The Top Ten Food Lies That Keep Us Overweight – Part Two

The Next Five Food Lies:  Part Two

In the last blog, I exposed the First Five Food Lies:

1.  All calories are created equal.

2.  All you need is willpower.

3.  Diet soda is better than regular soda.

4.  Low-fat foods are good for you.

5.  Whole grain foods are good for you.

 

Now let’s take a look at five more food lies that keep us overweight:

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6.  Eggs are Unhealthy For You – FALSE!  Eggs are just one of those foods that seems to be surrounded with controversy.  A lot of the debate has to do with the large amount of cholesterol in eggs.  According to Dr. Jon Berardi, founder of Precision Nutrition, research consistently shows that the cholesterol you eat has very little impact on how much cholesterol is in your blood.  (There’s only one possible exception here: diabetics and the 0.2 percent of the population with familial hypercholesterolemia. More research has to be done to confirm this.)  In fact, in controlled trials, when people were instructed to eat 3 whole eggs per day, they LOST weight, experienced decreased inflammation, and either maintained or improved their blood cholesterol levels.

Bottom line: Unless you have diabetes or a rare genetic disorder, eating a few eggs every day is not bad for you. In fact, egg yolks are one of the most nutrient-dense, antioxidant-rich and vitamin-laden foods on the planet!

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7.  It’s All About Genetics – FALSE!  While it is true that there are genes associated with obesity, only 9% of overweight and obese people have the genetic or hormonal defect that predispose them to being heavy.  It is more likely that your weight is directly related to the habits of the environment you were raised in.  Even if you don’t eat exactly the way your parents do, it was within your home that you learned how to cook (or if you cook), what to eat, and how much to eat.  Plus, although our genes only change 2% every 20,000 years, by the year 2050, it is estimated that over 50 % of Americans will be obese (up from the current 35%).   What has changed over the last century has not been our genes, but our eating habits.  We have gone from eating about 10 pounds of sugar per person per day in 1800, to currently eating about 152 pounds of sugar per person per day!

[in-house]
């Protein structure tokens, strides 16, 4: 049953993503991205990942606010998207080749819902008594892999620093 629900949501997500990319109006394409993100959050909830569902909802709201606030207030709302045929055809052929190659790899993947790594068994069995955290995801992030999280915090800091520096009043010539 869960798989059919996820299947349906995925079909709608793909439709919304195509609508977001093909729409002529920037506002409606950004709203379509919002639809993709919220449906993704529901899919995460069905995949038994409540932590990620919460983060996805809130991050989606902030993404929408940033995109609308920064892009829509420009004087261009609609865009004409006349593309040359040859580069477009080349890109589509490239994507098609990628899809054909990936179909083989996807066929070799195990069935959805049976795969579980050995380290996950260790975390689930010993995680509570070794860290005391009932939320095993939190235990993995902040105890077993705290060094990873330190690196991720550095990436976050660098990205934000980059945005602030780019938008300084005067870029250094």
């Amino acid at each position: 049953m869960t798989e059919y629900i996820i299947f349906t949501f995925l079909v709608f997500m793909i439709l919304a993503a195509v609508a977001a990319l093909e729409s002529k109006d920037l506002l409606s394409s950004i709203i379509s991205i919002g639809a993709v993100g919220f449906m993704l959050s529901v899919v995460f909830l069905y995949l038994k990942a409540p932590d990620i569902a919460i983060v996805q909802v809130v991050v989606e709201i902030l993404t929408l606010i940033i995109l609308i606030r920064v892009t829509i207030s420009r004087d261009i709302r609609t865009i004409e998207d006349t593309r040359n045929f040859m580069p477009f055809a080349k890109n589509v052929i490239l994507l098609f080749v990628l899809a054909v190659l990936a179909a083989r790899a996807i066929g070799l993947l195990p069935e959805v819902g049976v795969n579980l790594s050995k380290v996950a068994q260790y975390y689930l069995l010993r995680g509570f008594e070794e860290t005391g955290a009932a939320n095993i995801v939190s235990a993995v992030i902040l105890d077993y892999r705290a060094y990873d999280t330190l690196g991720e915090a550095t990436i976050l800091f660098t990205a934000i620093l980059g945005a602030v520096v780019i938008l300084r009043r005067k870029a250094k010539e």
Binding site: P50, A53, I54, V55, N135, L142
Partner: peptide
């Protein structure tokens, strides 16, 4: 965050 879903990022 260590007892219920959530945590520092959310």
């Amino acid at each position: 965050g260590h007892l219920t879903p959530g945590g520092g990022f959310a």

Bottom line:  Obesity is caused by all kinds of factors, but genetics is the least of them.  The good news is that you can change this!

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8.  Milk Is Nature’s Perfect Food – FALSE!  This one was a tough one for me to get my head around.  I was raised to think that dairy was an ideal source of calcium and protein.  But there are several reasons why this isn’t the case.  Many people have adverse reactions to milk – inflammation, allergies, sinus congestion, intestinal issues, and asthma.  Milk also spikes insulin, which encourages abdominal fat.  According to Dr. Mark Hyman, author of “The 10-Day Detox Diet,” it may increase the risk of bone fractures and osteoporosis, and even increase the risk of types 1 and 2 diabetes. If that’s not enough, think about it this way; in nature, milk is provided at times when you want to experience exponential levels of growth (infancy).  Soooo, if you’d like to grow at an exponential rate, drink lots of milk!